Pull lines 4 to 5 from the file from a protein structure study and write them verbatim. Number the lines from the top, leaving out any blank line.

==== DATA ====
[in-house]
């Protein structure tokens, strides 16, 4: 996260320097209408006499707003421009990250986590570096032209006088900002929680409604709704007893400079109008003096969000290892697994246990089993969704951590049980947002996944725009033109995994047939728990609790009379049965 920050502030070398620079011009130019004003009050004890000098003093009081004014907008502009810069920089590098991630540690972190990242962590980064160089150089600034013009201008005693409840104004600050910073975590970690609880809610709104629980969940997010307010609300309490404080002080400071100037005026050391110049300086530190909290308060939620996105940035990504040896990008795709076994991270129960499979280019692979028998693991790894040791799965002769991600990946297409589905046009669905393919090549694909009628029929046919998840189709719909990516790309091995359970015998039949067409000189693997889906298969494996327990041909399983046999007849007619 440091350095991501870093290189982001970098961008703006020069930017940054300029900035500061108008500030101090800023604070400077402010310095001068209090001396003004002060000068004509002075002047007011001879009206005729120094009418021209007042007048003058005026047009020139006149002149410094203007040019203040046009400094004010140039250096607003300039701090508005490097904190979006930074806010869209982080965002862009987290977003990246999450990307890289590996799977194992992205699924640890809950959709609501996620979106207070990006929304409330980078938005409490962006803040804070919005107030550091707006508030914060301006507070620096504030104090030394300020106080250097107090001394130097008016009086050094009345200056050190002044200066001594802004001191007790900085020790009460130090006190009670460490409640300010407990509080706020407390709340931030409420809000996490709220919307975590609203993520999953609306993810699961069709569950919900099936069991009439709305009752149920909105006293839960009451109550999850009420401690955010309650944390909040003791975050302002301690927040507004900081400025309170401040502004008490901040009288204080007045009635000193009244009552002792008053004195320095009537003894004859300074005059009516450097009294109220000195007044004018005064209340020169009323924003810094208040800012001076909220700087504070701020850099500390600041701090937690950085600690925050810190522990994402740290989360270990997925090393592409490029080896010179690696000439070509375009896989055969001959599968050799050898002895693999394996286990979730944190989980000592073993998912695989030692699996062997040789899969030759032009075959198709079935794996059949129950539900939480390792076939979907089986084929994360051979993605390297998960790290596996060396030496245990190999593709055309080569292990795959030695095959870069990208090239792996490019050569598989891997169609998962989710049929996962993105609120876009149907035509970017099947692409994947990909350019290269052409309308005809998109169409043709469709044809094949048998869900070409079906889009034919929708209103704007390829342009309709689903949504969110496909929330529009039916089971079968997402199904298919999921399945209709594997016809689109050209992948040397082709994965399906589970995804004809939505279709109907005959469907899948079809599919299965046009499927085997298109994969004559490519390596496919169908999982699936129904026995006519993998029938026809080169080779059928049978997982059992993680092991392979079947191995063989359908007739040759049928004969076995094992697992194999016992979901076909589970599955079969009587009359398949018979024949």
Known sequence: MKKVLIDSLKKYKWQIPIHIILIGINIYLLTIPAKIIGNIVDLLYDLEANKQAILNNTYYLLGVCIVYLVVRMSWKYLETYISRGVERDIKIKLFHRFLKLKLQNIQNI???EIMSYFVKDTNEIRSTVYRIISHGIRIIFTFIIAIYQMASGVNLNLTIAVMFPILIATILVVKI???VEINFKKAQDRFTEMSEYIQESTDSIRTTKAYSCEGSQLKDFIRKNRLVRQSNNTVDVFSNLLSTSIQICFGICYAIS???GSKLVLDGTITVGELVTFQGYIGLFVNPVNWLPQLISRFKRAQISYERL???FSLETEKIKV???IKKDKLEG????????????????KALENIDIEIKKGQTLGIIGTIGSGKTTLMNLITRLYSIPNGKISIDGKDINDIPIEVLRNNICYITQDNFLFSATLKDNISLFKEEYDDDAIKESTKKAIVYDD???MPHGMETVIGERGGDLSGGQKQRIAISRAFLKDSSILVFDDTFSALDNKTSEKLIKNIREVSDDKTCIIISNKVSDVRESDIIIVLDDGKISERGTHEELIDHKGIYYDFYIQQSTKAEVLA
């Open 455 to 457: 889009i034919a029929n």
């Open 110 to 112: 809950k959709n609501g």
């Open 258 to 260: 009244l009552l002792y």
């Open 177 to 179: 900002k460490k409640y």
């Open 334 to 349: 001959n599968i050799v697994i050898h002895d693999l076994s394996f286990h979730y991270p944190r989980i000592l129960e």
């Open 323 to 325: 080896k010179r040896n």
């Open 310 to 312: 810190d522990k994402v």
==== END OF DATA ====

């Open 455 to 457: 889009i034919a029929n």
């Open 110 to 112: 809950k959709n609501g």